Noise kept bus driver from knowing of boy's fall

Police investigating if Balto. County pupil, 11, was pushed out rear door

September 09, 2004|By Sara Neufeld | Sara Neufeld,SUN STAFF

Old Court Middle School pupils aboard a bus were so rowdy Tuesday that the driver apparently was not aware that a boy had fallen out the rear emergency door, police and school officials said yesterday.

The boy was identified as Sedrick Alexander Bailey, 11, a seventh-grader who lives in the 7800 block of Kenbridge Road in the Windsor Mill area of Baltimore County. He remained in the critical care unit of Sinai Hospital last night and was listed in serious condition, a hospital spokesman said.

The incident occurred less than a block from the boy's home, at Coronado and Kenbridge roads, near Milford Mill Academy.

The bus was heading south on Coronado Road shortly after 3 p.m. when it passed Sedrick's usual stop at Coronado and Nashua Circle, according to police, school system officials and neighbors. The bus had recently changed its scheduled stops, which occurs frequently at the beginning of a school year, said school system spokesman Charles A. Herndon.

County police spokesman Bill Toohey said that after the bus passed Sedrick's usual stop, another child opened the back door and encouraged the boy to jump out.

Police and school officials were investigating whether Sedrick then accidentally fell, jumped or was pushed.

Rudy Seunarine, 43, who lives at Coronado and Kenbridge, said he was in his driveway when he saw Sedrick lying on his back in the street, with the bus traveling on, its emergency door open.

Seunarine said he slipped Sedrick's white notebook under the boy's injured head for support while calling 911 on a cell phone.

"He was in bad shape," the neighbor said. "He was crying. He was in shock. ... He told me he was pushed, but it's up in the air still."

Seunarine said his daughter and his brother ran up a small incline to the Bailey home and alerted the boy's mother. The woman ran out of the family's rancher and rode with her son in the ambulance, Seunarine said.

The bus driver finished his route - one more stop - and started heading to pick up children at another school, Herndon said.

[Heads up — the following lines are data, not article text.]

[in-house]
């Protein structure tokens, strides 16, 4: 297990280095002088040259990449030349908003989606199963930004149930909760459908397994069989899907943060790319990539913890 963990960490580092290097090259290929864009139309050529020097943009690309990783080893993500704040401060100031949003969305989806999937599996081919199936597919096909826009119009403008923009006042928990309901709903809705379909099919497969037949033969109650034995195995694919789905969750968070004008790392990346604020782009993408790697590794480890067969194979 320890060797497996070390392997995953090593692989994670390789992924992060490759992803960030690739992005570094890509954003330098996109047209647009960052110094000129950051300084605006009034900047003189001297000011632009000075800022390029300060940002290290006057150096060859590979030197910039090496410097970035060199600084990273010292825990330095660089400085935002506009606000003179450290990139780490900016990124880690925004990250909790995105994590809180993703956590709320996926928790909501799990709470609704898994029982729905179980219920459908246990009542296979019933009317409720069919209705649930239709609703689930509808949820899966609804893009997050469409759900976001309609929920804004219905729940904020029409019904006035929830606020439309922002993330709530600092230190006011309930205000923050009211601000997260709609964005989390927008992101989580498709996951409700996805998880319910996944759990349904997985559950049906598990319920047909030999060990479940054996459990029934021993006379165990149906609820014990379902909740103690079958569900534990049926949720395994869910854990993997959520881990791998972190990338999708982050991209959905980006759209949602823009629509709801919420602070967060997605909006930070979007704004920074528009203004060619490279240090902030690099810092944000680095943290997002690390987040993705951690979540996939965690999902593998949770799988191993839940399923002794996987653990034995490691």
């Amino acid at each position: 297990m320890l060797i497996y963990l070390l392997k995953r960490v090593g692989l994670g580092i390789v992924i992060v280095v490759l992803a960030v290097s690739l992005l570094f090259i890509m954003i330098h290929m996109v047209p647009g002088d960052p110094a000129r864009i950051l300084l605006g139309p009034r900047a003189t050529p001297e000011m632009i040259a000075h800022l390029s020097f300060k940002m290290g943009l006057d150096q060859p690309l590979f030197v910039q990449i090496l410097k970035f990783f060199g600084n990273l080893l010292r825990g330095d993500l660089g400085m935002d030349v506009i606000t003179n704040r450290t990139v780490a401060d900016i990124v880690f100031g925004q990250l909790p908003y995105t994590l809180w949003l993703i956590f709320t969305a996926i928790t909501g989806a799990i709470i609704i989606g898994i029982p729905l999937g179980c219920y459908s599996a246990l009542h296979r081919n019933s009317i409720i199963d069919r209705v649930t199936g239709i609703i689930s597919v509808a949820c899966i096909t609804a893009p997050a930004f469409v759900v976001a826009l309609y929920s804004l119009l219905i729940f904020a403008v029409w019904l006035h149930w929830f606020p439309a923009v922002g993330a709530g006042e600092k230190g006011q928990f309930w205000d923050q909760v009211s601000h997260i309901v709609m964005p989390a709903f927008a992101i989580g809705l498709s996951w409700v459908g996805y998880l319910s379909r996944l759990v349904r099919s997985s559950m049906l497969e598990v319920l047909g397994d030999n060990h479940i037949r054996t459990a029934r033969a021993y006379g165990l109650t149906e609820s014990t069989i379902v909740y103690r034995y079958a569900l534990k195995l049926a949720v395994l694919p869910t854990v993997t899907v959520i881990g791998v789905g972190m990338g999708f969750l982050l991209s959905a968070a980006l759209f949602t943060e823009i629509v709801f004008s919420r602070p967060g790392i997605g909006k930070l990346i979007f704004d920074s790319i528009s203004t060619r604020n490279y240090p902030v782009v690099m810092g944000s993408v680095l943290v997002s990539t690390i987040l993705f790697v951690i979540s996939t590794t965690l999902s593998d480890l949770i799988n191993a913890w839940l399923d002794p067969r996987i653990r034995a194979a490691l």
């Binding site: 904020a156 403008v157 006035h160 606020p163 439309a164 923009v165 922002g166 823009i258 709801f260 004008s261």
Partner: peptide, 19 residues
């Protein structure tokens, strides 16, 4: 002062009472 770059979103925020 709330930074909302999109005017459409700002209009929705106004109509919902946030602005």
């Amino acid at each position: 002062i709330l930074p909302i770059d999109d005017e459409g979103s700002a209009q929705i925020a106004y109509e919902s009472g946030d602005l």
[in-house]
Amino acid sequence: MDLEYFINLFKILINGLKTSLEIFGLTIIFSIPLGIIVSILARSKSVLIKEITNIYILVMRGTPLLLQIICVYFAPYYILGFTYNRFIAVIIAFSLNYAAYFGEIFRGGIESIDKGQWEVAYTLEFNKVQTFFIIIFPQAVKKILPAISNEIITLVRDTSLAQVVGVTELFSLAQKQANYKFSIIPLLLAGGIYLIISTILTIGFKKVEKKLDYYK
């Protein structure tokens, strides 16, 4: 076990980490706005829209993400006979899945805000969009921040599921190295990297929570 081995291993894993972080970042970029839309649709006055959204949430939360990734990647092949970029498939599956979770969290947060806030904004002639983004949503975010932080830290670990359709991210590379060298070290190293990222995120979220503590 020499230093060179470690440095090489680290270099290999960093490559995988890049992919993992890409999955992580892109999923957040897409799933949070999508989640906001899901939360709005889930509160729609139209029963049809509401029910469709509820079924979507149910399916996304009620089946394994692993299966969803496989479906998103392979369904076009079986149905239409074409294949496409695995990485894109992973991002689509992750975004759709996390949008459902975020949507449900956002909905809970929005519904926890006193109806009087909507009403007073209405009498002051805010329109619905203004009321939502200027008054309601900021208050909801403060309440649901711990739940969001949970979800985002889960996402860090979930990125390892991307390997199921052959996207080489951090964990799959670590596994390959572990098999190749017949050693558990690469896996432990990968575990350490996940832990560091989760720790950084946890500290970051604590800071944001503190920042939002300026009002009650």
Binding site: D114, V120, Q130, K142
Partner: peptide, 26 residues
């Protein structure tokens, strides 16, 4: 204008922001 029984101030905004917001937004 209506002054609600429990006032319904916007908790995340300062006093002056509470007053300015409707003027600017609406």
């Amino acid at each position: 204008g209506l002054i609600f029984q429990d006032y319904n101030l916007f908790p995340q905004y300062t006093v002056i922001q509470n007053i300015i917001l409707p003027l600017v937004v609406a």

The school system, alerted by police on the scene, then called the driver to tell him what had happened, according to Toohey. The driver, identified by police as John Snyder Foster Sr., 81, immediately returned to the scene, Toohey said.

Noise on the bus

Herndon said the driver told officials that he had been unaware that the boy had fallen from the bus because of the noise on the bus.

"It may have been very difficult for him to know exactly what happened," Herndon said, adding that there was "a lot of noise and disruption" on the bus at the time of the incident. Toohey said there was "considerable shouting."

School buses are equipped with alarms that are supposed to sound when emergency doors open. Herndon said there is nothing to indicate that the alarm malfunctioned.

"As to whether or not the driver heard it, that's something else we're continuing to look at," he said.

Foster did not respond to a message left yesterday at his Randallstown apartment. Herndon said the driver is in good standing and remains on the job.

Woodlawn Motor Coach, the company that operates the bus under contract, referred all questions to the school system.

Ella White Campbell, a Randallstown community activist, said that she has long been telling top school system administrators that student conduct on school buses is a major problem.

`Here it is'

"I kept saying, `It's a matter of time before some of those kids are seriously injured,' and here it is," said Campbell, who is chairwoman of the school system's advisory group on minority student achievement.

Seunarine said Sedrick has lived in the same house his entire life and attended Scotts Branch Elementary School before Old Court Middle.

Toohey said police will only consider filing charges in the incident if they can conclude someone pushed Sedrick intentionally.

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